In this text, there is no apparent belief system that unites all of the central characters. They have different sexualities, political parties, and religious affiliations. They each have individual, complex relationships with their faith and family histories. The pattern that unites them is that these relationships tend to break down when exposed to the realities of both the AIDS epidemic and the political, social climate surrounding it. Louis begins the play feeling comfortable with his own concept of an afterlife based on his Jewish belief system. But he finds that this doesn’t hold up in the presence of Prior’s actual imminent death (“not at all like a rainy afternoon in March…”) Joe has clung to his Mormon ideals of good and evil to the point of suppressing his own sexual identity, but he begins to lose his grip on them in the midst of political pressures from Roy and family tensions from Harper’s pill addiction. Though Kushner inserts plenty of critiques of the specific systems the characters inhabit, his greater focus seems to be on the way these systems clash with each other and with the realities of modernity in the US. 

And boy, these belief systems are pervasive, to the point where they forcefully shape our very perceptions of ourselves. The play touches on how society’s views can influence our self-perception through Roy Cohn’s passionate inability to accept his homosexuality. In the striking diagnosis scene with his doctor, Roy refuses to identify with the label, painting us a picture of the deep stigma Roy associates with being gay. To Roy, homosexuality is the real disease, to be avoided like the plague. As someone obsessed with power (he is described as a ‘power broker’ in the opening character list) and his position in the world, being gay is a weakness he cannot afford. 

“Like all labels, they tell you one thing and one thing only: where does an individual so identified, in the pecking order? Not ideology, or sexual taste, but something much simpler: clout…Homosexuals are men who know nobody and who nobody knows. Who have zero clout. Does this sound like me, Henry?” (46)

A second quilt memorializing Roy Cohn, referring to his anti-communist work with Mccarthy which turned into a homophobic hunt of gay men in government.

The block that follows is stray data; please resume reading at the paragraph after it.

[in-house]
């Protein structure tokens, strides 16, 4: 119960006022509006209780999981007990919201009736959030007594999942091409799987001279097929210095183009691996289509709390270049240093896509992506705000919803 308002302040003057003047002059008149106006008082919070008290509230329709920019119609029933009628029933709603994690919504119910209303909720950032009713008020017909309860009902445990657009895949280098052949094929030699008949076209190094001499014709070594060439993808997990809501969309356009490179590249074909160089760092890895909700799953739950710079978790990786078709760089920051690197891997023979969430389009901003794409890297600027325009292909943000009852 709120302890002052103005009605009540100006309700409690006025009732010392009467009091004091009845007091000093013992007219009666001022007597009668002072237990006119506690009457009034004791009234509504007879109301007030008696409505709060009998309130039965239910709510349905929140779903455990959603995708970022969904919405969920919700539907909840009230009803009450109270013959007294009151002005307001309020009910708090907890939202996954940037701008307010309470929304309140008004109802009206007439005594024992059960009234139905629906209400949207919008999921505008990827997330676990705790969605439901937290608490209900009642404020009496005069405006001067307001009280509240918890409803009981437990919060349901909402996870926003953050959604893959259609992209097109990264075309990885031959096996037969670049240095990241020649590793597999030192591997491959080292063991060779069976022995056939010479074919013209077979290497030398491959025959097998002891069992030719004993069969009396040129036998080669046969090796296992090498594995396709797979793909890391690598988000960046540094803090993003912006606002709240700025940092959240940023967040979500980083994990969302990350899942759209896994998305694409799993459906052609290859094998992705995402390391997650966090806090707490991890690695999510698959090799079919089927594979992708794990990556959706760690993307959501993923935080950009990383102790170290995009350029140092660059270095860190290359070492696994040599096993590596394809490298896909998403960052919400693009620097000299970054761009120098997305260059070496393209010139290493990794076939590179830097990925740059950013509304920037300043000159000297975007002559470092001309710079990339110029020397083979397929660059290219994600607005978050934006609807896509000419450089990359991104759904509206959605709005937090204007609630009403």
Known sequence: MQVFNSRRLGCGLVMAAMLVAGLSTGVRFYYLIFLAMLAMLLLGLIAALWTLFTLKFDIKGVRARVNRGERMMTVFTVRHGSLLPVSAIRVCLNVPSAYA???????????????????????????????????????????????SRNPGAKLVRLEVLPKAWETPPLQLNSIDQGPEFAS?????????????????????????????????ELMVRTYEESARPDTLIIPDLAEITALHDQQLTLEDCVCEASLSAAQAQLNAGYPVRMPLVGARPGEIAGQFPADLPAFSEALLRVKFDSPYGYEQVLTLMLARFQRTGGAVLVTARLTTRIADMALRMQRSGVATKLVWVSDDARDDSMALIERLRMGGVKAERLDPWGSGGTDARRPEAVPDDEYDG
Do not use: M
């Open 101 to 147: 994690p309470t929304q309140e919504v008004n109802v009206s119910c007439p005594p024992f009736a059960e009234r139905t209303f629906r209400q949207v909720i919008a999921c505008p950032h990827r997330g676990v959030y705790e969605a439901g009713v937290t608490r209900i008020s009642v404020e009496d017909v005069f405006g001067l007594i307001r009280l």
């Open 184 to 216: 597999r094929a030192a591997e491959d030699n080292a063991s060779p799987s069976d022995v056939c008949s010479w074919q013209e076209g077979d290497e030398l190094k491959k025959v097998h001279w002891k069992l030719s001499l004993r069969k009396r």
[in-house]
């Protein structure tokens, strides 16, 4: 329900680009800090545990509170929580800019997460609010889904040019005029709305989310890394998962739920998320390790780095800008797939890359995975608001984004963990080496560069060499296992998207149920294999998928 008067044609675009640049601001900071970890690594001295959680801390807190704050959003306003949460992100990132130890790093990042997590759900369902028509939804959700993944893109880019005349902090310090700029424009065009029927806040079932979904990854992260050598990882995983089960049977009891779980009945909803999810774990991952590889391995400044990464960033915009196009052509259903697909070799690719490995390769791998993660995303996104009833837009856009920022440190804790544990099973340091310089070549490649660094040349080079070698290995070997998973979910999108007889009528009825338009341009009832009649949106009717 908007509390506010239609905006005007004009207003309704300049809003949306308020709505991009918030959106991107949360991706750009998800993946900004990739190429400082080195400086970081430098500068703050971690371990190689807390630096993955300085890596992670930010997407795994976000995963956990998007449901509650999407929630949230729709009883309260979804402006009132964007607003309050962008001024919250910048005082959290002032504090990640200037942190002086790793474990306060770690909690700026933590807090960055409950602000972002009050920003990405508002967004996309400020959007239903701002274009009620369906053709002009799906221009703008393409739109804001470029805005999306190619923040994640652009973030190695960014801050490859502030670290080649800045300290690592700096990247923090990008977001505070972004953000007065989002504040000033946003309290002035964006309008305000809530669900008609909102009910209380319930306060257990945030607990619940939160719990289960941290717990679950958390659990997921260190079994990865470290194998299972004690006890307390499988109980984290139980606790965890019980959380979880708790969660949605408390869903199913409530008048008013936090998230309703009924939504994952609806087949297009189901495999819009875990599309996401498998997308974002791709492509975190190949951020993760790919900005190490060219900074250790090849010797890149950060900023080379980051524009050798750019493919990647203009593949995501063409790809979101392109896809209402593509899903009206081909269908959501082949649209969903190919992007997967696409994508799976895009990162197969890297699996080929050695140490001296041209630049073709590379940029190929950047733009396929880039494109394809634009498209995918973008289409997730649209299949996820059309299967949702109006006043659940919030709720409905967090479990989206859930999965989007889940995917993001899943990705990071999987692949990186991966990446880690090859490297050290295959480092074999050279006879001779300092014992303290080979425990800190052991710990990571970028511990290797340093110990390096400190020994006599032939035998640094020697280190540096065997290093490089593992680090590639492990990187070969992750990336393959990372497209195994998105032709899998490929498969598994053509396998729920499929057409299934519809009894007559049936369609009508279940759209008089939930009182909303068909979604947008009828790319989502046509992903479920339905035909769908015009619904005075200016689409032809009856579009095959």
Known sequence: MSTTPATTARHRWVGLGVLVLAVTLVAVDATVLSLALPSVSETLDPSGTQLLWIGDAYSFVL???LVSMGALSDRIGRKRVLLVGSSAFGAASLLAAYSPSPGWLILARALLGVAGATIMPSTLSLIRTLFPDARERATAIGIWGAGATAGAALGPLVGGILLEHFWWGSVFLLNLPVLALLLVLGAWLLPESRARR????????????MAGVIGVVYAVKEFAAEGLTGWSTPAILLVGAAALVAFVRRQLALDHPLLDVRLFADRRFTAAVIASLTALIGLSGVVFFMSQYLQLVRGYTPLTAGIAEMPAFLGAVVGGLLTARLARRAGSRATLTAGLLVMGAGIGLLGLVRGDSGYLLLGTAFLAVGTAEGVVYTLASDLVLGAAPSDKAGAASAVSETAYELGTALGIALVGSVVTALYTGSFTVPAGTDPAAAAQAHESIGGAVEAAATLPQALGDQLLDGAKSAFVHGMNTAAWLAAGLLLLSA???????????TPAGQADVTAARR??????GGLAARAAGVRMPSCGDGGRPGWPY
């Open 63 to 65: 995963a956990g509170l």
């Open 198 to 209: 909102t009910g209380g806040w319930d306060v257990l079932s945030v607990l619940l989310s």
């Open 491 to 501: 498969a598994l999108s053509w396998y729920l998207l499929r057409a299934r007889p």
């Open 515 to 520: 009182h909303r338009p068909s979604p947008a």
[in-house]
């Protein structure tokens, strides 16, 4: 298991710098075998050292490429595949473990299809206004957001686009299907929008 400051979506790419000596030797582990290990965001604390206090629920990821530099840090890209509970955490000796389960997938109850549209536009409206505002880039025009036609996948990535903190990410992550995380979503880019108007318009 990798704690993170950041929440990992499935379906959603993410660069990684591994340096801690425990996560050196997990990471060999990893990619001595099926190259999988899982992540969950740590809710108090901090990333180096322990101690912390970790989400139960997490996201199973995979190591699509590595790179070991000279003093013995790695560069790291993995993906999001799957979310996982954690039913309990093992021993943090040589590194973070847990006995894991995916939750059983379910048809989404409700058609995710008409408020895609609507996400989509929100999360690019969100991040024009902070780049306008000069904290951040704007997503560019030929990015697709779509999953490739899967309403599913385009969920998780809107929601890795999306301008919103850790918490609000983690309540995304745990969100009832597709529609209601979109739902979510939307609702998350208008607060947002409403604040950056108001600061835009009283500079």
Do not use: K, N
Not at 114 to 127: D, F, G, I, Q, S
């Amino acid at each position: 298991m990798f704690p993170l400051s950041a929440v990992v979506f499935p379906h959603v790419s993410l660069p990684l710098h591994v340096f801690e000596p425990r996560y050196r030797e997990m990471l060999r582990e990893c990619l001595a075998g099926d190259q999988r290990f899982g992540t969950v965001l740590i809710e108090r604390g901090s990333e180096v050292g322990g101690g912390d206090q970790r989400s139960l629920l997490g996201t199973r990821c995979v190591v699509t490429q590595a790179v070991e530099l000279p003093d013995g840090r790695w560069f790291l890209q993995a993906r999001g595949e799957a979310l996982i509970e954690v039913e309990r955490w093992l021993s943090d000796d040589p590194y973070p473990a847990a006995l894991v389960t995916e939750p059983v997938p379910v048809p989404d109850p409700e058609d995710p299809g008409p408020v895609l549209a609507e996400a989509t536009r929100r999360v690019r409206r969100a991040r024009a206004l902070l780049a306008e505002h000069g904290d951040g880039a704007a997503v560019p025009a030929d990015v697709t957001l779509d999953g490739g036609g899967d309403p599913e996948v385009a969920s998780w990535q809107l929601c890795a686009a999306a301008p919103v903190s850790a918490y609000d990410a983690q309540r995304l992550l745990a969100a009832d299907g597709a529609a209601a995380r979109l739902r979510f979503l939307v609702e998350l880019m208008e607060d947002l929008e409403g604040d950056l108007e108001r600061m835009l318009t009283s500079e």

Roy’s raging hatred of his own homosexuality is a manifestation of society’s perception towards gay people at the time. We see a similar internal conflict manifest itself in Joe, a closeted homosexual Mormon man, who votes for Reagan. We see Joe torn between upholding the beliefs of a ‘good’ Mormon versus his personal sexual liberation. His truth is unspeakable to him, so he chooses to live in denial, spending a large part of his life suppressing his identity. Even so, his truth comes to speak to him through dreams, as he describes to his wife:

“The angel is a beautiful man with blonde hair and wings, of course. I still dream about it. Many nights I’m…It’s me. In that struggle. Fierce, and unfair. The angel is not human, and it holds nothing back, so how could anyone human win, what kind of a fight is that? It’s not just. Losing means your soul thrown down in the dust, your heart” (52)

We similarly see Joe depict his refusal to self-identify as a violent battle, when Harper questions his sexuality directly: 

“Does it make any difference? That I might be one thing deep within, no matter how wrong or ugly that thing is, so long as I have fought, with everything I have, to kill it…As long as my behaviour is what I know it has to be. Decent. Correct.” (40)

However, even speaking the truth isn’t liberating for Joe. When Joe attempts to accept his identity, such as in the scene where he calls his mother at 4am and confesses his sexuality, he is met with flat denial.